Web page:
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City of Dreams & Nightmare: City of a…

City of Dreams & Nightmare: City of a Hundred Rows, Book 1

by Ian Whates

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If I could give this 2.5 stars I would. It had a lot of elements that I like. Magic, constructs, monsters, intrigue but it didn't really gel for me. My biggest problem, right from the start was that I couldn't picture the city. It sounded like it was some very unique construct of "rows" that were stacked on top of each other but the description didn't make sense to me. So I was distracted for a long time trying to figure out how a character could fall off the wall and pass by other "rows" which I guess were levels like the different floors of a building but I'm not sure. I really wanted to be astounded by this "cool/original" idea for a city but I couldn't be so that was disappointing.

Then also in the beginning the main character's name is Tom, but another important character's name is Thomas. That helped add to the confusion of things.

I liked the multiple bad guys/intriguey thing. I liked the frantic pace of characters being chased around.

I didn't like the kind of deus ex machina of the Blade and the ending seemed to take too long wrapping things up. I also wasn't a fan of the cliffhanger left at the end for one of the characters. ( )
  ragwaine | Jun 27, 2015 |
City of Dreams & Nightmare is a bit patchy, but overall I had fun reading it. It reminded me of half a dozen other stories -- Stephen Hunt, with a touch of Miéville and all those fantasy stories where an unremarkable street-girl/street-boy becomes oh so terribly important. There were a lot of ideas, and I was fascinated, but around three-quarters of the way through it wears thin: suddenly we find out that everything has been orchestrated by someone, that the danger was never really that bad.

The overall effect is that things seem to be over almost as soon as they really began to move toward a climax, and then the last few chapters feel awkward. Obviously they're setting up the rest of the series, and some of it is really effective -- the scene in the Pits at the end, for example -- but some of it just feels rushed.

I'm interested enough to read the other books at some point, though not to buy them if they're not in the library. ( )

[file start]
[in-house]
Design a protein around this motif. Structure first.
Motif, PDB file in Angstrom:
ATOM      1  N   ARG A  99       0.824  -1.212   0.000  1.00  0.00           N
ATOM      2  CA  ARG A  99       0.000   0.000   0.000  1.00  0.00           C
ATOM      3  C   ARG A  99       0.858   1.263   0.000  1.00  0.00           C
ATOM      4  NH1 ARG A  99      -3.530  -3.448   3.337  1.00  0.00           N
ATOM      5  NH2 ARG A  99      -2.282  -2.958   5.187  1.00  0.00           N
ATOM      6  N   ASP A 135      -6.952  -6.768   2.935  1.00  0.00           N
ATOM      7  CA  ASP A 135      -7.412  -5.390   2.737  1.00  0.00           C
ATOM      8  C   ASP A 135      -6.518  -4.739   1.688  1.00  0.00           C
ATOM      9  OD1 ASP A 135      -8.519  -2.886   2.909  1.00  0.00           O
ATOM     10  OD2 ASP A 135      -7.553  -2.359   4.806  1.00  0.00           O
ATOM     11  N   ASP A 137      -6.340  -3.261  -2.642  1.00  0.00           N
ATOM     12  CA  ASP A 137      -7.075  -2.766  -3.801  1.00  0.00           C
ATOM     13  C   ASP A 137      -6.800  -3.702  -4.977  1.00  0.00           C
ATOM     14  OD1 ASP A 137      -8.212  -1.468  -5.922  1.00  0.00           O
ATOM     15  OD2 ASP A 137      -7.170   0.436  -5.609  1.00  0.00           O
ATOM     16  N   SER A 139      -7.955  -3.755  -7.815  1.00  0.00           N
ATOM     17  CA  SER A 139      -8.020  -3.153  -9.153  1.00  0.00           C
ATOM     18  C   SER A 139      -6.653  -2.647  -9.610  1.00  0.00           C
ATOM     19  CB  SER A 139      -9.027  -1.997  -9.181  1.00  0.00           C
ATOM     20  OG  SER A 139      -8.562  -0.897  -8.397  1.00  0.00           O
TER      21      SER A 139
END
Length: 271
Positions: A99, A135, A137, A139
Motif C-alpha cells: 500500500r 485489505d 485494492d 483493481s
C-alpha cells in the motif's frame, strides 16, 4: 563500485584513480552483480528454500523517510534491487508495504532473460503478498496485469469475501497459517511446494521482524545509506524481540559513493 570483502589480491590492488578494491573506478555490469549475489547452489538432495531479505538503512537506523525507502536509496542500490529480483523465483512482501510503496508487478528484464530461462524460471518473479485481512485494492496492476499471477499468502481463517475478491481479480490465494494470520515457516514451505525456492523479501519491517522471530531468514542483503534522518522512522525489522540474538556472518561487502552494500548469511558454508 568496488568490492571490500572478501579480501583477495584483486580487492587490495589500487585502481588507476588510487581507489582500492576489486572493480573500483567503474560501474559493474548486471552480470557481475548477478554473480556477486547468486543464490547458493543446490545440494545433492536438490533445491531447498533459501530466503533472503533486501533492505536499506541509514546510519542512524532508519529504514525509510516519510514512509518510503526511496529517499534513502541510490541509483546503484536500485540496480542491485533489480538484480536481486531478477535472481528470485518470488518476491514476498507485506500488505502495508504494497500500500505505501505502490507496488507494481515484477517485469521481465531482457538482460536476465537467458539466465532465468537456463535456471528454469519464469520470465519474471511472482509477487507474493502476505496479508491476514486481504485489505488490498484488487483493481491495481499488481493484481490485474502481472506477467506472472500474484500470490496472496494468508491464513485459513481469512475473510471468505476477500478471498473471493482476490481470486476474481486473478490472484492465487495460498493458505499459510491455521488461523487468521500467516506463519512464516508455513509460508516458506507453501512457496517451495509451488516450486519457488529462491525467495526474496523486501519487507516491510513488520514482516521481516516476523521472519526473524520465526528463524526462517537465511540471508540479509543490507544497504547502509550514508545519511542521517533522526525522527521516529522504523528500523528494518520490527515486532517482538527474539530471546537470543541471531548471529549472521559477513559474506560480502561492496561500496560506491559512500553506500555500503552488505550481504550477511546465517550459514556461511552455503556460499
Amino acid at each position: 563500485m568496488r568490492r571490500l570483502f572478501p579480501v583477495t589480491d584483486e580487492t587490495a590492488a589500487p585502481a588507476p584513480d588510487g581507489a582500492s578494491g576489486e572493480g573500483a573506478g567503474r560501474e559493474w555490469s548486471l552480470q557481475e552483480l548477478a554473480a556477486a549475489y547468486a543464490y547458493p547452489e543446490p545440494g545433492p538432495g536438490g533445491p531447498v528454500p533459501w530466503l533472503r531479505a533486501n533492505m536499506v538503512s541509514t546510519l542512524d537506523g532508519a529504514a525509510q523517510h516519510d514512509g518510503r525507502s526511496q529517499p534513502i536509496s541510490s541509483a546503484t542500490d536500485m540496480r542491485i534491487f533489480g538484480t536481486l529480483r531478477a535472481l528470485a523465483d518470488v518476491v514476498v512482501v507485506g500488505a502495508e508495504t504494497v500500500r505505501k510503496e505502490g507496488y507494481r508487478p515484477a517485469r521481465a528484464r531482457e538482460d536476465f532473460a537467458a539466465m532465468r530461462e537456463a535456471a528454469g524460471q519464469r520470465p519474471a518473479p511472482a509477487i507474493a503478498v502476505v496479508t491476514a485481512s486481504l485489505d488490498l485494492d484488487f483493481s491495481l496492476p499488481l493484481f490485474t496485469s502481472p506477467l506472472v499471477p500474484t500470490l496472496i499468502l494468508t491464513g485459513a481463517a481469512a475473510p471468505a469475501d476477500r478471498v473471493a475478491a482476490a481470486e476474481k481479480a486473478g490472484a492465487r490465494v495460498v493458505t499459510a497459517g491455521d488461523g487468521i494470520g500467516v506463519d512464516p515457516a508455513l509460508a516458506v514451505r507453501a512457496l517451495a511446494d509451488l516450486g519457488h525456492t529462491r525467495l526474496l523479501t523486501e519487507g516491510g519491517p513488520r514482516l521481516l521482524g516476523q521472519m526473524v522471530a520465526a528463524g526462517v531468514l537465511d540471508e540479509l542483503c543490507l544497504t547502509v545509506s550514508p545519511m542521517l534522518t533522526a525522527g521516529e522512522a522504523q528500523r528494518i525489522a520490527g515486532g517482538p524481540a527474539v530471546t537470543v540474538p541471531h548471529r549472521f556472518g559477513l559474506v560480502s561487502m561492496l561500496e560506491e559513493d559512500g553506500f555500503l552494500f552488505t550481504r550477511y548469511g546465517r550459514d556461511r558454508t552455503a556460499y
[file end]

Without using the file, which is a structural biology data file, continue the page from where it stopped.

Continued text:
shanaqui | Apr 9, 2013 |
...City of Dreams & Nightmare is mostly a quick, fun read. It is not particularly a challenging read and in terms of worldbuilding, I feel Whates leaves a lot of aspects of the city and the world surrounding it a bit underdeveloped. He doesn't quite fulfil the potential his creation offers. That being said, there will be more books in this series and obviously there has to be something left to explore. Tom and Kat's flight through the City Below, trying to keep a step ahead of the nameless players that would see them killed is a thrilling experience. One that has convinced me to see if Whates can put a bit more meat on the bones of his story in the next volume.

Full Random Comments review ( )
  Valashain | Mar 5, 2011 |
On the back cover of Ian Whates’ debut novel, City of Dreams and Nightmare, it says “FILE UNDER FANTASY”, but I’m not convinced. City of Dreams and Nightmare is certainly genre fiction, but its best fit would be science fiction. Yes, there are bits of steampunk in there, and the whole has something of the feel of a fantasy. But too much of the book’s furniture is out of science fiction’s store for Angry Robot’s advice to ring true.

Which is not to say that readers of fantasy won’t enjoy it.

Tom is a “street-nick”, a member of a teenage street gang formed from orphans and abandoned kids. Tom has been dared to visit the highest levels of the city, ostensibly to steal a “demon’s egg”. In Thaiburley, the “City of a Hundred Rows”, social classes have been made physical – the higher the Row, the higher the social standing. Tom and the other street-nicks live in the City Below, the lowest part of Thaiburley. The “demons” live on the city’s roof with the Masters.

Rest of review here: http://www.sffchronicles.co.uk/2010/05/25/city-of-dreams-and-nightmare-ian-whate... ( )
  iansales | Sep 4, 2010 |
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Amazon.com Product Description (ISBN 0857660497, Mass Market Paperback)


City of Dreams & Nightmare is the first in a series of novels set in one of the most extraordinary fantasy settings since Gormenghast - the ancient vertical city of Thaiburley. From its towering palatial heights to the dregs who dwell in The City Below, this is a vast, multi-tiered metropolis, and demons are said to dwell in the Upper Heights...

Having witnessed a murder in a part of the city he should never have been in, street thief Tom has to run for his life. Down through the vast city he is pursued by sky-borne assassins, sinister Kite Guards, and agents of a darker force intent on destabilising the whole city. Accused of the crime, he must use all of his knowledge of this ancient city to flee a certain death; his only ally is Kat, a renegade like him, but she has secrets of her own...

File Under: Fantasy [ Towering City | Ancient Secrets | Murder Most Foul | Kite Guard! ]

(retrieved from Amazon Thu, 12 Mar 2015 18:00:34 -0400)

The ancient city of Thaiburley is a vast, multi-tiered metropolis. The poor live in the City Below and demons are said to dwell in the Upper Heights. Having witnessed a murder in a part of the city he should never have been in, street thief Tom has to run for his life. His only ally is Kat, but she has secrets of her own.… (more)

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Angry Robot

2 editions of this book were published by Angry Robot.

Editions: 0857660497, 0857660500

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